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EPA Region 3 (Mid-Atlantic)
EPA ID# PAD063766828
18th Congressional District
Last Update: February 2014
Current Site Status
The U.S. Environmental Protection Agency’s (EPA) plan for cleanup began in June 1995 and ended in November 1996. The cleanup remedy for the site included a multi-layer cap for the landfill, an upgraded oil/water separator, and a fence around the perimeter of the landfill. Groundwater and surface water monitoring are being performed by Hercules Inc., a party responsible for site contamination, as part of the long-term operation and maintenance of the site. A Five-Year Review was completed in September 19, 2000 with EPA finalizing deed restrictions on the property. EPA published the NOID and NOD in the Federal Register and the NOD became effective when EPA did not receive any adverse or critical comments during the close of public comment, October 15, 2003. The Resin Disposal site located in Allegheny County, Pennsylvania (20th Congressional District) was deleted from the National Priorities List using the streamlined deletion process. The Second Five Year Review was completed September 19, 2005. The Five Year Review found the remedy is protective of human health and the environment. All threats at the Site have been addressed through upgrading the multilayer cap of the contaminated soils and through the oil/water separator, collecting and separating wastewater and oil from the leachate collection system. (The wastewater is sent to the wastewater treatment facility and oil is collected and disposed of-off site, Preventing exposure to or ingestion of contaminated groundwater.) The fence around the landfill restricts access. Implementation of institutional controls, which alert prospective buyers of contaminants on-site and prohibitions on future development, addresses future threat. The Responsible Parties continue providing an Annual Groundwater Monitoring Report for EPA to evaluate the effectiveness of the remedy. The third Five Year Review (FYR) for the Site was completed in December 2010 and the next FYR is due in September 2015.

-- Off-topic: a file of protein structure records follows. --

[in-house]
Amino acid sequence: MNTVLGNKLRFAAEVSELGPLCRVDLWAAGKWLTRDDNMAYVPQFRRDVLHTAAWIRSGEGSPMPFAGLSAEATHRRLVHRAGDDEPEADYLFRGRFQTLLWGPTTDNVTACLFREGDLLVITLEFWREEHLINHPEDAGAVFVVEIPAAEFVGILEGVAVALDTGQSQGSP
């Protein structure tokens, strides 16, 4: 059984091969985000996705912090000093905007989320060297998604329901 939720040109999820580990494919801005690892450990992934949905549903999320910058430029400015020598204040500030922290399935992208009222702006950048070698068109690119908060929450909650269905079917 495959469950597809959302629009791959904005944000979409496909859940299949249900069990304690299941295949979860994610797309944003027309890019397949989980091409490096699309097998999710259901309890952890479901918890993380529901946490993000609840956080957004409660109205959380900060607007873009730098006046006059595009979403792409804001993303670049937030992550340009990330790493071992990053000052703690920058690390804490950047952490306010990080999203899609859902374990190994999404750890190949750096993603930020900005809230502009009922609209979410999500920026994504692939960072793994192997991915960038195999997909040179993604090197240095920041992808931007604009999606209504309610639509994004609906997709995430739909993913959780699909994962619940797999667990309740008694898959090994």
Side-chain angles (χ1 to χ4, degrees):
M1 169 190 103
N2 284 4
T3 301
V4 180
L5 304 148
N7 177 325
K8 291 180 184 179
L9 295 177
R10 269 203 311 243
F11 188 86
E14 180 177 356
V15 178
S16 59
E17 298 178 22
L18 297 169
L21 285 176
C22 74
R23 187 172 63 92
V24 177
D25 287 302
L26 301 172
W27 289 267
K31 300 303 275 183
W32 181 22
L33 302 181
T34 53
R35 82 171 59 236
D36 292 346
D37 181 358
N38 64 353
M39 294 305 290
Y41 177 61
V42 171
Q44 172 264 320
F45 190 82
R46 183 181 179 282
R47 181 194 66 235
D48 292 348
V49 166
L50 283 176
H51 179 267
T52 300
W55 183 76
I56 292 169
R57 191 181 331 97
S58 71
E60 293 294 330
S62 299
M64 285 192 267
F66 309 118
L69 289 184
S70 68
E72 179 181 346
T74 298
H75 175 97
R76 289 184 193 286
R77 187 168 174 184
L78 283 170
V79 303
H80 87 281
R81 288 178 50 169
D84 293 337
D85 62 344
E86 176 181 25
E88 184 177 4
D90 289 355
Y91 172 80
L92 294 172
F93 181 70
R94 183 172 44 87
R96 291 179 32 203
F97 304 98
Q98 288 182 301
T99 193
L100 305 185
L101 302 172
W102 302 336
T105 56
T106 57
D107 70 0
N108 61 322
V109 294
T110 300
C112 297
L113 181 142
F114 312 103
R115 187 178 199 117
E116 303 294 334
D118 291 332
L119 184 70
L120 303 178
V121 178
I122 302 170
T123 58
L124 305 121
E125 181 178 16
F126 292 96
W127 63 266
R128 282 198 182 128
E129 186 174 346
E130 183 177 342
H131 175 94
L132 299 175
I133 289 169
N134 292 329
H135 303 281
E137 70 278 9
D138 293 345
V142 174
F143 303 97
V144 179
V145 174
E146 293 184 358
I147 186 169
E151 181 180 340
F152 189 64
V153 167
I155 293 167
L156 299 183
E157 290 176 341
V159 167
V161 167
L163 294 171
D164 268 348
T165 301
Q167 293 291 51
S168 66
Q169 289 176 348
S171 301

The Resin Disposal site located in Allegheny County, Pennsylvania (20th Congressional District) is a 26-acre site containing a two-acre landfill. The landfill received approximately 85,000 tons of industrial waste from 1949 to 1964. At that time, the landfill was owned and operated by the Pennsylvania Industrial Chemical Company. The wastes included organic solvents, resin cakes, filter materials, and oils from a resin manufacturing process. The landfill is located in a strip mine valley, and was created by constructing an earthen dike across the floor of the valley. Approximately 50 people live within a half of a mile of the site, and about 25,000 people reside within a mile of the site. The site is located about a half of a mile from the Monongahela River.
- Site Responsibility
This site was addressed through the potentially responsible party actions with oversight by EPA and the state.
- NPL Listing History